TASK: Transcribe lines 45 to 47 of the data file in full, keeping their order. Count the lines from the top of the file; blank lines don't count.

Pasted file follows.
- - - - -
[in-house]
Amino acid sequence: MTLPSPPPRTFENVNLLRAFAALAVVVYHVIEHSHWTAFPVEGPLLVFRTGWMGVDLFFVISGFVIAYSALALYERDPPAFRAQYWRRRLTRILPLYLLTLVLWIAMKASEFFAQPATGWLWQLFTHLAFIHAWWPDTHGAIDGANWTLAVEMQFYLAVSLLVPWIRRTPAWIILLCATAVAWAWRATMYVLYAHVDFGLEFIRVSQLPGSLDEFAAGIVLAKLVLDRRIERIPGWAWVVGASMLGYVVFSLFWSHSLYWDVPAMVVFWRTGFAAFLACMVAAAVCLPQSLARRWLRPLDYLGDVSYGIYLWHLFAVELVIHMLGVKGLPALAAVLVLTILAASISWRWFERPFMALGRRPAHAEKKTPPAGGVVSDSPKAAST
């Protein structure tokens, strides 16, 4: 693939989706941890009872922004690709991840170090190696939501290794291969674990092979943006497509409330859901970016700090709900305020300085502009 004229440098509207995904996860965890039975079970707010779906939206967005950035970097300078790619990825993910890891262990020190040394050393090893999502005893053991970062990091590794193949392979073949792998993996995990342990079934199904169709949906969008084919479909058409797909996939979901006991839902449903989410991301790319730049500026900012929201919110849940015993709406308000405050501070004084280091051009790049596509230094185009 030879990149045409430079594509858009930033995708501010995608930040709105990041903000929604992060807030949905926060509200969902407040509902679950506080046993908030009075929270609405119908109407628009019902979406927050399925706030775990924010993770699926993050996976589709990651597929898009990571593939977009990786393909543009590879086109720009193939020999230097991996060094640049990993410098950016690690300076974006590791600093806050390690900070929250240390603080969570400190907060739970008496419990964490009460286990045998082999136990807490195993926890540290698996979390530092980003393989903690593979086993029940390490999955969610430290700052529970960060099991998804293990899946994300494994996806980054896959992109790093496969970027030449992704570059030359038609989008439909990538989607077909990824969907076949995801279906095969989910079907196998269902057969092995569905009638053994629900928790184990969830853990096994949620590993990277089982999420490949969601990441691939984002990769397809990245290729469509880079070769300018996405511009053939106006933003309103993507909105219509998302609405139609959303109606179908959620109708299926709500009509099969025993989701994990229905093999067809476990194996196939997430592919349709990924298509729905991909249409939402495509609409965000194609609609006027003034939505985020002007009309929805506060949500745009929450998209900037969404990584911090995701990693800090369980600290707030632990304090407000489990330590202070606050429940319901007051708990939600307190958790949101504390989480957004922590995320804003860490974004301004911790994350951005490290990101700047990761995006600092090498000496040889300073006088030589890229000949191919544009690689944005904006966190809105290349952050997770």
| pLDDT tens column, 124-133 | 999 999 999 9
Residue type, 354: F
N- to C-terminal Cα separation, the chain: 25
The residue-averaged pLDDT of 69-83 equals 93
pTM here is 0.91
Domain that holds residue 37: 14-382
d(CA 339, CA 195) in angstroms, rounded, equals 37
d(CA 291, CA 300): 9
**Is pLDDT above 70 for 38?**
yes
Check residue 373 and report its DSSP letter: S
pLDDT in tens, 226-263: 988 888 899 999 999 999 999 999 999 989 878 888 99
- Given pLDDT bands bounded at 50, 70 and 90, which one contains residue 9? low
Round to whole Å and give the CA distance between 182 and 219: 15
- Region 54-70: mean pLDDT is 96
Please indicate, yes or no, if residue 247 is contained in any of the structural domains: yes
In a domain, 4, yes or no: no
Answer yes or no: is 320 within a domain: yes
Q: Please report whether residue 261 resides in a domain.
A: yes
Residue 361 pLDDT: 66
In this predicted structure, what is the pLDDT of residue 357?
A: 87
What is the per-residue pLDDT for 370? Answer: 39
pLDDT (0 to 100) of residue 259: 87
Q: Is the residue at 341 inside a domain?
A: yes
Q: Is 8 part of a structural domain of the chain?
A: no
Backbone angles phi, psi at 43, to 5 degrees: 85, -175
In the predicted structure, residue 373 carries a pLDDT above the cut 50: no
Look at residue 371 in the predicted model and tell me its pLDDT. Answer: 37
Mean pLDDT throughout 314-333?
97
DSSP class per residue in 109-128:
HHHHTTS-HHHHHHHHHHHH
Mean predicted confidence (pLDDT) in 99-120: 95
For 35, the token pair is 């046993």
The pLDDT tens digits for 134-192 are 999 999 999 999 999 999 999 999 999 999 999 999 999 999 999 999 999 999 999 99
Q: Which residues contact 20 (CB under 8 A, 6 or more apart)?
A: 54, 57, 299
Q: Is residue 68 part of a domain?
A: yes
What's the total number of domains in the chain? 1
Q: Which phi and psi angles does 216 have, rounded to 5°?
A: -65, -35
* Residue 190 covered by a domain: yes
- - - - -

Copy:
Q: Is residue 68 part of a domain?
A: yes
What's the total number of domains in the chain? 1